As if the almost crippling heaviness of 7.5 Tonnes’ debut from February last year wasn’t enough, they’ve only gone and surpassed it – massively.
Two tracks proper on here, and they represent a huge development in their music. It’s heavier, more urgent, more musical and just generally more amazing.
‘The Fear’ may come to be the best track they ever write. An absolutely crushing riff to slam in, full of hooks and a smashing, pounding heaviness that’s set off with explosive cymbals to absolutely ruin whoever is outside your headphones.
The downtuned brutality of this would be nothing if they hadn’t made a real song out of it, and boy have they. The dark plucks that come in to form the bridge are dank and well placed, ratcheting up the tension before what can only be likened to a sledgehammer of concerted guitar and drum is wrought down.
Yet this track gets even better again when in the final push, the band unleash a mechanical chug that will leave you just about searching for breath. It’s a riff so heavy it seems to steal the very air. It is collossal, absolutely collossal.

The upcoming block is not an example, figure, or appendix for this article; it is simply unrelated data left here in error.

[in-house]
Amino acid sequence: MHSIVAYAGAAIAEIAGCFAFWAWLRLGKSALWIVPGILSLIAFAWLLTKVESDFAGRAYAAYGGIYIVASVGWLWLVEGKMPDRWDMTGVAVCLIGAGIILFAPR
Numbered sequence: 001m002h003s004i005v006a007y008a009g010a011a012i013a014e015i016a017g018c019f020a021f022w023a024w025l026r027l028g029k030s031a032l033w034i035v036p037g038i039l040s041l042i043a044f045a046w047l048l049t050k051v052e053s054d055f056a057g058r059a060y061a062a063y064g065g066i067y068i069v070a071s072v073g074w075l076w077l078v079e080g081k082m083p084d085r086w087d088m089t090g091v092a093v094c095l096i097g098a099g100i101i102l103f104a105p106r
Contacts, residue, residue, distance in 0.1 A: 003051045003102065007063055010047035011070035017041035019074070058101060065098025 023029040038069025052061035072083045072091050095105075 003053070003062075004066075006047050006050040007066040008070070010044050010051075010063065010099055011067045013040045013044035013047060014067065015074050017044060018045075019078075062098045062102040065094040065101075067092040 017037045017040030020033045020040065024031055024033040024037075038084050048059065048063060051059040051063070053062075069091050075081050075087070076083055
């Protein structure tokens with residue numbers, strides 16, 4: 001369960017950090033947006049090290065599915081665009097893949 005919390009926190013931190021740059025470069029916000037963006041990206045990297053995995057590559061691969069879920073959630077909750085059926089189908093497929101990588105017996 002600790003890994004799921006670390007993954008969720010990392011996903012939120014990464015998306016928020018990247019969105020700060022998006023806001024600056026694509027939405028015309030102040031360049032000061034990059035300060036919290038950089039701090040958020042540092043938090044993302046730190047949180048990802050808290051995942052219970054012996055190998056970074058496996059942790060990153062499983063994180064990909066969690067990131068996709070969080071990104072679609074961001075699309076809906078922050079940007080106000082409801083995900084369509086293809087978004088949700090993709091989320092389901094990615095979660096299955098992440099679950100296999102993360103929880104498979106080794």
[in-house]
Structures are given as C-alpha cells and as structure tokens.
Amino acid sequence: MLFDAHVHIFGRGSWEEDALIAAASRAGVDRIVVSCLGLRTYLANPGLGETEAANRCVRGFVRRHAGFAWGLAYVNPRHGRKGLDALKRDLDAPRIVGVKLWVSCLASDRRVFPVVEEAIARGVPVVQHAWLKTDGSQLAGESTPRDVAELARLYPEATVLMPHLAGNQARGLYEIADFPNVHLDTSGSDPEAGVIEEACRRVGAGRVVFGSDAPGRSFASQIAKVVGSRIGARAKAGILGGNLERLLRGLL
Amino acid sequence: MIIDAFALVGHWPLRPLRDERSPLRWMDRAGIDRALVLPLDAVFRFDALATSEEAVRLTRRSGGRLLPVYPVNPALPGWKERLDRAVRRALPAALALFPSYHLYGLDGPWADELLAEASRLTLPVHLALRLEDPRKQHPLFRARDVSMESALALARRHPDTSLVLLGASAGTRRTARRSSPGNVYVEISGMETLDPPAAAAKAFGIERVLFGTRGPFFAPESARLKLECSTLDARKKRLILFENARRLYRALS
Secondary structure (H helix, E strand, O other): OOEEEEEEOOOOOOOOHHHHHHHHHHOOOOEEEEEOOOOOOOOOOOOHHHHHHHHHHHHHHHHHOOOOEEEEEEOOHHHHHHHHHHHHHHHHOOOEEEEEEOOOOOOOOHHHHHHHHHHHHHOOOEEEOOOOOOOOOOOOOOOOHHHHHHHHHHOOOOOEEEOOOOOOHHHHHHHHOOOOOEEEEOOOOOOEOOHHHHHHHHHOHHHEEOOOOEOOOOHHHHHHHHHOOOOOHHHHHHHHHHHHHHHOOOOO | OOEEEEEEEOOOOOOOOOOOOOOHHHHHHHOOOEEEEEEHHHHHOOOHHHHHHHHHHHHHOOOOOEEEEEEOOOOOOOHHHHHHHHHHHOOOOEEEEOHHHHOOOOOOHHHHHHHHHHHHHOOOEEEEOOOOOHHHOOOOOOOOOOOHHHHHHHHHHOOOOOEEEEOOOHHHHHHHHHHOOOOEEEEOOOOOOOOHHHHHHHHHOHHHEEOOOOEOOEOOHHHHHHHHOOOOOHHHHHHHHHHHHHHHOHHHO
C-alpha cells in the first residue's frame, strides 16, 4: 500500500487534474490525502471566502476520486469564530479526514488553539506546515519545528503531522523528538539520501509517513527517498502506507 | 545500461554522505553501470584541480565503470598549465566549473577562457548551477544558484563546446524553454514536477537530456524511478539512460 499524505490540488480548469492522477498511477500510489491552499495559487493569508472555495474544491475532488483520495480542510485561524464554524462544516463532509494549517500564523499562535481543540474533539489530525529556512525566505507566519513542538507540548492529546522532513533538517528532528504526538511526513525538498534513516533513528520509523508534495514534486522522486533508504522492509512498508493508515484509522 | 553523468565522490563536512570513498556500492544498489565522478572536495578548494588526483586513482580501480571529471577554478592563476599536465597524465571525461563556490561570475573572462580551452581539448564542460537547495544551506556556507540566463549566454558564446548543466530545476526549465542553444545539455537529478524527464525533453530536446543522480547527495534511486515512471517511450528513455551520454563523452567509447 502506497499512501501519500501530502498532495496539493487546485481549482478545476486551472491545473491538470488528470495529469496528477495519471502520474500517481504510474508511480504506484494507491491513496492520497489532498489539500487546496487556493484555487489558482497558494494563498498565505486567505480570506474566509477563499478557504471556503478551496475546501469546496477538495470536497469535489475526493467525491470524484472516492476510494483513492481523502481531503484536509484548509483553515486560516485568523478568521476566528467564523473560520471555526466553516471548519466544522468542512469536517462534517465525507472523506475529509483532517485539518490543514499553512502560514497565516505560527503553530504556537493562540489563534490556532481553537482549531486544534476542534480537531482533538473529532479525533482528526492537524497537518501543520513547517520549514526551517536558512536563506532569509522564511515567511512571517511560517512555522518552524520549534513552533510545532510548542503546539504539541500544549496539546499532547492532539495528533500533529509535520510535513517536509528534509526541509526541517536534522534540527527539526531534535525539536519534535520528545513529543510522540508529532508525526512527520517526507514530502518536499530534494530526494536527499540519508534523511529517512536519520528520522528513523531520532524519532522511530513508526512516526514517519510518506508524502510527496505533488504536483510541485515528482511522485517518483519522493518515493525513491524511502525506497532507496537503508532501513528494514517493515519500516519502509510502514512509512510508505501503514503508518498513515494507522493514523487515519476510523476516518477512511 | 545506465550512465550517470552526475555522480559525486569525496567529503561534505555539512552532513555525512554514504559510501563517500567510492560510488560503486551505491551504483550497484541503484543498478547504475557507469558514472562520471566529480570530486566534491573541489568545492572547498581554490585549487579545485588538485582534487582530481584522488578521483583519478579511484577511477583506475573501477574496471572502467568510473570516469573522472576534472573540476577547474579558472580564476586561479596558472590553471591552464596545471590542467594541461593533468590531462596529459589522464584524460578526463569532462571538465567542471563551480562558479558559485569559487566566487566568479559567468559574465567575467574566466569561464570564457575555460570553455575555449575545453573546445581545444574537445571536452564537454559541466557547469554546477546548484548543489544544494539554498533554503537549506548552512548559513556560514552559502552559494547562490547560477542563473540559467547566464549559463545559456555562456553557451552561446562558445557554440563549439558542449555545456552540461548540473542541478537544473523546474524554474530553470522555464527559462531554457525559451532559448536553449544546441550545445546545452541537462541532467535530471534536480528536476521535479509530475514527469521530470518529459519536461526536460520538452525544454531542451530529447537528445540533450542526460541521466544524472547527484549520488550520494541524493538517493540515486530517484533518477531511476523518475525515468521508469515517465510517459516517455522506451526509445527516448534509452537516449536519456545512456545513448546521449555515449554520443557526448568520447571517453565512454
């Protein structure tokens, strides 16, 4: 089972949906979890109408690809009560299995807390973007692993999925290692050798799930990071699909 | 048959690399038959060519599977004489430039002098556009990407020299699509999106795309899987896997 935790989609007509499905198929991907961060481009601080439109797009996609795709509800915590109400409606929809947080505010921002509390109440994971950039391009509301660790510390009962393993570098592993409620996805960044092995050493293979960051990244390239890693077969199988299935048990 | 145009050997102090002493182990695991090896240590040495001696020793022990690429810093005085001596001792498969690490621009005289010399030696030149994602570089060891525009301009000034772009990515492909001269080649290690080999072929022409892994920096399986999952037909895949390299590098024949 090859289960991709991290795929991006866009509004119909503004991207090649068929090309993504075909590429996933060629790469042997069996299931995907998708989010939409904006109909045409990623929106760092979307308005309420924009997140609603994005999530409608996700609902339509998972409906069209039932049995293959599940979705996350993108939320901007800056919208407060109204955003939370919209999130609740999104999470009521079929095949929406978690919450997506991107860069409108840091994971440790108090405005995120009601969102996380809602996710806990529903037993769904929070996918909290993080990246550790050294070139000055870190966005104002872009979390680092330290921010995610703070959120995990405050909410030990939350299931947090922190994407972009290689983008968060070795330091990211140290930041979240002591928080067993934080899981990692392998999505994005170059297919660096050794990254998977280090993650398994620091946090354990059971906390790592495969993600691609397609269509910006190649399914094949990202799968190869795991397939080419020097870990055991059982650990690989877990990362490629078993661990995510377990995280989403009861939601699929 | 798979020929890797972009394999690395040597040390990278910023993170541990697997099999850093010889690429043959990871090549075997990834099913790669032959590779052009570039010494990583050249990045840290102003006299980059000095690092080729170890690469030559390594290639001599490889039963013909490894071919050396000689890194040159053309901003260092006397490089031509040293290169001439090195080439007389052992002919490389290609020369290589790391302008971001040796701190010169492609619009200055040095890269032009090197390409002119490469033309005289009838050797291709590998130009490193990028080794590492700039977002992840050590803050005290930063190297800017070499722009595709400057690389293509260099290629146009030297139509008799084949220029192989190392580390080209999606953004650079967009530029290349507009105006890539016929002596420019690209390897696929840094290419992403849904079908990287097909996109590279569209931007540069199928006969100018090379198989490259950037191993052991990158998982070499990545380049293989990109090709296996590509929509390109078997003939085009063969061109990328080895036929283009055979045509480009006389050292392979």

So where do you go from all that? Well, a piano solo wasnt the first thing I was expecting, but there it is. I dont know quite what to say except it’s a welcome release of aural weight.
Closer, the darkly titled ‘Botched Job’, is more moody than ‘The Fear’. Again it’s case of total, pinpoint percussive force being brought to bear over thudding guitars with something close to placement genius. The cymbals and snare are expertly dropped to give an explosive force to each phrase, always punching through the mix the ram into your consciousness.
In fact it is the drummer that is this band’s key asset. As with Will Haven, Unsane and their ilk, it’s about the right beat flooring you with the right groove and the right finisher. Like a boxer. 7.5 Tonnes have this in their sticksman.
‘Botched Job’ though also builds into something of a climactic swell, before locking right back in for that devastating hook.
It really is an incredible demo and one that you have to hear right this second. It’s also a triumph for making what is essentially sludge – not always the most welcoming of genres – accessible enough to the point that the quality here is beyond obvious.
The only let down of the whole thing is the art, which to my eye is a bit of a step back. Nothing wrong with it, but the band just set such a great style out with the gritty suburban realism of the debut. Something like that would have been far better, and will get them more notice. Just my tuppence’orth.
– Earl Grey ::: 01/12/14